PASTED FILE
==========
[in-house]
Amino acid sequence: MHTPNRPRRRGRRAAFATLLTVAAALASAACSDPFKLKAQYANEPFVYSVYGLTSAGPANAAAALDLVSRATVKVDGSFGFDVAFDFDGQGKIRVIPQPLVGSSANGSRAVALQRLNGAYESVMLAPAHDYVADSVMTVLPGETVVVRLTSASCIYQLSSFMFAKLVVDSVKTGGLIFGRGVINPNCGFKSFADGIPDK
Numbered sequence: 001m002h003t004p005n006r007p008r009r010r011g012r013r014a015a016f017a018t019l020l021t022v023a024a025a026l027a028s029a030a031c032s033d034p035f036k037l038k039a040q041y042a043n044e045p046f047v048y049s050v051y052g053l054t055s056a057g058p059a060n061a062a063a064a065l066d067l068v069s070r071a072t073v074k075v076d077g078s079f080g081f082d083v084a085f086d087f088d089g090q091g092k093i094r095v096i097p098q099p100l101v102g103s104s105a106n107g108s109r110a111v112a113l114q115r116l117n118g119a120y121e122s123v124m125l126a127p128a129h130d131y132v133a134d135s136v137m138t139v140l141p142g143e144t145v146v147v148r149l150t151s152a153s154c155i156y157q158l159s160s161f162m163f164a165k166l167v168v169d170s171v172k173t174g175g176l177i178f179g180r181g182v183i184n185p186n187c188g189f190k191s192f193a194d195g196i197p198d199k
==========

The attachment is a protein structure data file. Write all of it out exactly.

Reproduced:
[in-house]
Amino acid sequence: MHTPNRPRRRGRRAAFATLLTVAAALASAACSDPFKLKAQYANEPFVYSVYGLTSAGPANAAAALDLVSRATVKVDGSFGFDVAFDFDGQGKIRVIPQPLVGSSANGSRAVALQRLNGAYESVMLAPAHDYVADSVMTVLPGETVVVRLTSASCIYQLSSFMFAKLVVDSVKTGGLIFGRGVINPNCGFKSFADGIPDK
Numbered sequence: 001m002h003t004p005n006r007p008r009r010r011g012r013r014a015a016f017a018t019l020l021t022v023a024a025a026l027a028s029a030a031c032s033d034p035f036k037l038k039a040q041y042a043n044e045p046f047v048y049s050v051y052g053l054t055s056a057g058p059a060n061a062a063a064a065l066d067l068v069s070r071a072t073v074k075v076d077g078s079f080g081f082d083v084a085f086d087f088d089g090q091g092k093i094r095v096i097p098q099p100l101v102g103s104s105a106n107g108s109r110a111v112a113l114q115r116l117n118g119a120y121e122s123v124m125l126a127p128a129h130d131y132v133a134d135s136v137m138t139v140l141p142g143e144t145v146v147v148r149l150t151s152a153s154c155i156y157q158l159s160s161f162m163f164a165k166l167v168v169d170s171v172k173t174g175g176l177i178f179g180r181g182v183i184n185p186n187c188g189f190k191s192f193a194d195g196i197p198d199k